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The Hostile Takeover

Trek bikes so celeste.

Vacansoleil Bianchis

matte black? Coppi sighs.

Aside from the hostile takeover of Italy’s most storied color, the top story from the opening weekend of le Tour might be the hyperactive breakaway activity of Euskatel-Euskadi. The cynical might attribute it to the looming threat of sponsorship loss. But I’ll credit it to something completely different: The magic of the 2014 Orbea Orca Race the team is racing on. It’s gotta be the bike.

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OK, maybe that’s a stretch. But a weeklong test ride of the all-new Orca had me giddy with silent x’s , dreaming of pintxos , and surfing eBay for my very own pizza-sized floppy beret. Equipped with Shimano Dura Ace 11-speed Di2 and a set of Dura-Ace C-24 clinchers, it made a mockery of the UCI weight limit, and maneuvered, particularly on high speed descents, with an easy sureness. It exceeded the best-handling bike I’ve ridden to date, the Pinarello Dogma 2 I’ve been lovingly faithful to for two seasons. Talk about unexpected. The new Orca is a showstopper.

What’s interesting is that “new” isn’t radically different from the Orca of the last few seasons. The differences for 2014 are a change in bottom bracket platform from BB30 to BB86, modified seaststays, a new carbon layup, and an all-new fork. Predictably, it’s lighter, stiffer and more aero. But incremental gains ain’t the story. There was something unexplainably perfect about how the bike rode. Is it the stays? Is it that fork? Is it its truck-like 53mm rake? My beloved Pinarello is star crossed with compromise. Its price tag is frightful, and cost-be-damned Pinarellos never build up OMG light. But the Orbea seemed concession-free: In the realm of Tour-caliber bikes, it’s moderately priced. It’s pure eye candy. And did I mention how it flung my porky carcass up the hills?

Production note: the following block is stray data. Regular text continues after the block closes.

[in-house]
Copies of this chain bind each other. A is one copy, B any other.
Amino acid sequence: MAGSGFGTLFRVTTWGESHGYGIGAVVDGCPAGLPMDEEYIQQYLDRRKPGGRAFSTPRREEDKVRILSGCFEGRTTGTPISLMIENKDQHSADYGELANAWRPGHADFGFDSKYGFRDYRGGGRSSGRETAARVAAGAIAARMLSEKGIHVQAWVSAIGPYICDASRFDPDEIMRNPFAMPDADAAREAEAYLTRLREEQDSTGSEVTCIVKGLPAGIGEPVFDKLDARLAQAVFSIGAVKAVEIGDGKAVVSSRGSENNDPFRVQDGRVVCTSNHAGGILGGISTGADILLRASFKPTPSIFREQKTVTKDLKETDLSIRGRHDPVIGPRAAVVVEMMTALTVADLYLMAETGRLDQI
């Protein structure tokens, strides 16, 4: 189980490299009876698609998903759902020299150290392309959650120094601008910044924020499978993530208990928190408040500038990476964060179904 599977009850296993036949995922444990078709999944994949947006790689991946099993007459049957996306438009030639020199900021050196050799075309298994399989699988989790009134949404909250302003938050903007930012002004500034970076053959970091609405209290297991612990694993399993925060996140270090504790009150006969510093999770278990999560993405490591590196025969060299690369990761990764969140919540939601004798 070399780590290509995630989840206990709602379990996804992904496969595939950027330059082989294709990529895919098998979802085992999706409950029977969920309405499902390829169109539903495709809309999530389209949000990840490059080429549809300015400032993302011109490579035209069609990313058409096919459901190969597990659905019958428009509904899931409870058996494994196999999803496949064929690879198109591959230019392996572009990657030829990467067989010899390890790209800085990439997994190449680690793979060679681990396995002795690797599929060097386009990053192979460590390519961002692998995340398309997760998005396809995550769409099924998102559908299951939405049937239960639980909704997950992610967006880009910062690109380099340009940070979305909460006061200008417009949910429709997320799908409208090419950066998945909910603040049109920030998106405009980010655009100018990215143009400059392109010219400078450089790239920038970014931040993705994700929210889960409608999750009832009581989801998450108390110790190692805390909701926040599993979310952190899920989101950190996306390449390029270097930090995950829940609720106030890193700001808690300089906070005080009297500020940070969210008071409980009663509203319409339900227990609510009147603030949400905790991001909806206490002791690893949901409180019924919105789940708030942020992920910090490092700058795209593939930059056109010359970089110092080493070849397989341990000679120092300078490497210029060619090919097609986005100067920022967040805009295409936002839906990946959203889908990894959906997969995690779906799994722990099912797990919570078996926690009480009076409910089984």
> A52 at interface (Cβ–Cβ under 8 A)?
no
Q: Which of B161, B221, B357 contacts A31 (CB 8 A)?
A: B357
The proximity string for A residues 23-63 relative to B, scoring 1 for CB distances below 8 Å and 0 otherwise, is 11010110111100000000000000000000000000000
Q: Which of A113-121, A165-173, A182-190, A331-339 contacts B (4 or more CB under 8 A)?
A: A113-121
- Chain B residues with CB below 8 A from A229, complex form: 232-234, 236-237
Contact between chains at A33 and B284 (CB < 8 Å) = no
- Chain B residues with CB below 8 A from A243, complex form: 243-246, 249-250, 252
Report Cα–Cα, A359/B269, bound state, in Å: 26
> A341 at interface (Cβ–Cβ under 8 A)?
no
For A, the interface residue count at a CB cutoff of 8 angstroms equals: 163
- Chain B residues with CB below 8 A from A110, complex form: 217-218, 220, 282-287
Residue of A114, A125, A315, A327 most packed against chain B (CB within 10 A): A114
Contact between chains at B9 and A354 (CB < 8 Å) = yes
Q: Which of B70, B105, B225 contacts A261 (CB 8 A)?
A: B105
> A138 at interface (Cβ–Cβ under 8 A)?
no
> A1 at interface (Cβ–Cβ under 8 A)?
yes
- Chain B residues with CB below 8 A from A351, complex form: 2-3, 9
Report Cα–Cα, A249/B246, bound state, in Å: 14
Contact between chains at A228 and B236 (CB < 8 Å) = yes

The second edition Di2 is glorious. The best improvement is being able to shift multiple cassette cogs with just one steady press of the button. The hoods feel slimmer than the original version of Di2 — they might possibly be the most slender hoods out there. They’re sublime whether you’re in cruise mode, or if you’re climbing out of the saddle. My only complaint about the new Di2 is the exact same problem I had with v1: When trying to shift just a single rear cog, it’s difficult to judge how hard and how long you need to press the button. No matter how many hours I rode, I always took single-gear changes with a dose of low confidence.

Note to self about saddles: Even though the Fizik Aliante has been my one-and-only for nearly a decade, the Selle Italia SLR GelFlow is a surprisingly comfortable alternative. Nothing about its shape or size would indicate the degree to which it’d make an Aliante owner happy (i.e. my ass is beefy and the SLR is lithesome.)

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- ‘Tis Tour time. ‘Tis time to eat like a rabbit (NSFsensitive eyes), not a pig.

Tour Time

- Have you seen the Getty Images image feed? Search crazy terms and delight in the results.

Dropping out

Dropping out

- Tour time makes the Spring Classics seem like ages away. If you need a pavé fix check out JoolzeD’s photostream on Flickr.

Tour De Trump ´89

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